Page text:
3. Batman and Robin Eternal: Seeley, Valentine, Orlando… Everyone seems to be having such fun with Spoiler. Why didn’t they make her part of the main plot? At least this means that she has avoided the lesser writers, and only turns up when the better writers need her to steal our hearts (with the exception of the ballet, Spoiler had had all the best moments of Eternal, basically). Other than that, not much more to say. Orlando is a step down from Valentine, but gets the meatier Act 5. The art is surprisingly good at doing interesting action (and I appreciate Orlando’s effort in making the action interesting and all the beats around Mother that you knew that were going to happen happen. The only other thing to say is that Azrael’s presence here is laughable stupid. Why we are wasting our time on a minor, meaningless character to this story this close to the end is baffling
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    Black Canary: For all Black Canary’s faults, there was just enough interesting in the new martial arts stuff that I was invested. Wish we didn’t have a crappy filler
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    Robin: I think Fawkes is working mostly with the original plans of Gleeson. But he is obviously a step down. Gleeson was never good enough for me to care too much about a writer change if the writer added a new viewpoint to Gleeson’s story. But Fawkes has nothing to add, just to take away. At least it looks like Nobody is going to return. Hopefully this means she has a chance at sticking around.
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    Injection: Is the Injection twisting physics to create these crazy occurrences that the Cultural Cross Contamination Unit investigate, or simply revealing the weirdness already there? That is the big question, and I believe with Issue 8, I am finally getting a handle on the big ideas behind this question.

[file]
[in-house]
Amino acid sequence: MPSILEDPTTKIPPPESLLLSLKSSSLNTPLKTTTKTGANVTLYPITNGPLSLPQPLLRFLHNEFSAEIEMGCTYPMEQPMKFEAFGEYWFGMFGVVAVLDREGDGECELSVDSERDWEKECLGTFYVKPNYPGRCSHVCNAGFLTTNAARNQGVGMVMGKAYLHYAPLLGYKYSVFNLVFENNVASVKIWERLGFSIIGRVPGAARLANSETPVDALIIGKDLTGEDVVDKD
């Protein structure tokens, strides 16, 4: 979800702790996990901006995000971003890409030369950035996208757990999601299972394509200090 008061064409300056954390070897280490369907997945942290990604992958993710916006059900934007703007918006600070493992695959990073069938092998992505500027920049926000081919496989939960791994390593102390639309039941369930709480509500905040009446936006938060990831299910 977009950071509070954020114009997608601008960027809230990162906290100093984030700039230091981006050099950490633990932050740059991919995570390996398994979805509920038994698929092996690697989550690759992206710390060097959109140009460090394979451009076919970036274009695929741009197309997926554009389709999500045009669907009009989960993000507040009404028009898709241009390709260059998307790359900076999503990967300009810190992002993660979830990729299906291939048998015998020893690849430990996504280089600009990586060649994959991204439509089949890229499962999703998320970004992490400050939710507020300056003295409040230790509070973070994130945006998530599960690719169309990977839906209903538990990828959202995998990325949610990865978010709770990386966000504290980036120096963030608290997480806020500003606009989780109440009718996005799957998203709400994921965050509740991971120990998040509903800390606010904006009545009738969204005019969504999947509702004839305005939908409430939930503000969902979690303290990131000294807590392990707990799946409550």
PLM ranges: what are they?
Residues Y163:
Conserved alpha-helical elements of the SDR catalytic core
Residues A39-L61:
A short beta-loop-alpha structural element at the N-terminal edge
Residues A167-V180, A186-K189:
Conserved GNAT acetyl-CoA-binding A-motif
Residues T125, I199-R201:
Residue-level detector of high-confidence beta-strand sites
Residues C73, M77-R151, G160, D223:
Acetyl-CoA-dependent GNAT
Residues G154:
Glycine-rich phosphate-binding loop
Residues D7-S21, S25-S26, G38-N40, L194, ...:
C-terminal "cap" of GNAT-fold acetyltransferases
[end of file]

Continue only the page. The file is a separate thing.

And ultimately, this book is meta as hell. I’m always careful about linking the themes to a story to the creative process. At times it is essential and powerful because of it, at other times it is masturbatory. And I really dislike the ‘everything maps to some part of the creative forces that made the story’ interpretations (except for INception, where the idea of everyone’s role mapping to the role of a movie is essential to the basic idea that it is about how movies affect us). But Ellis isn’t doing stuff like that. He is actually railing against the stagnancy of our worlds, and the lack of diversity in every sense of the word.

    A look at the Cultural Cross Contamination Unit makes this clear. You can map Vivek and Simeon to exact characters (Sherlock Holmes and James Bond). Meanwhile Maria, Robin and Brigid are so archetypal that the only reason we can’t link them to a specific character is that there are just too many similar characters. With ideas this generic, is it a surprise that the fruits of their labour was ‘the world will continue to remain stagnant’.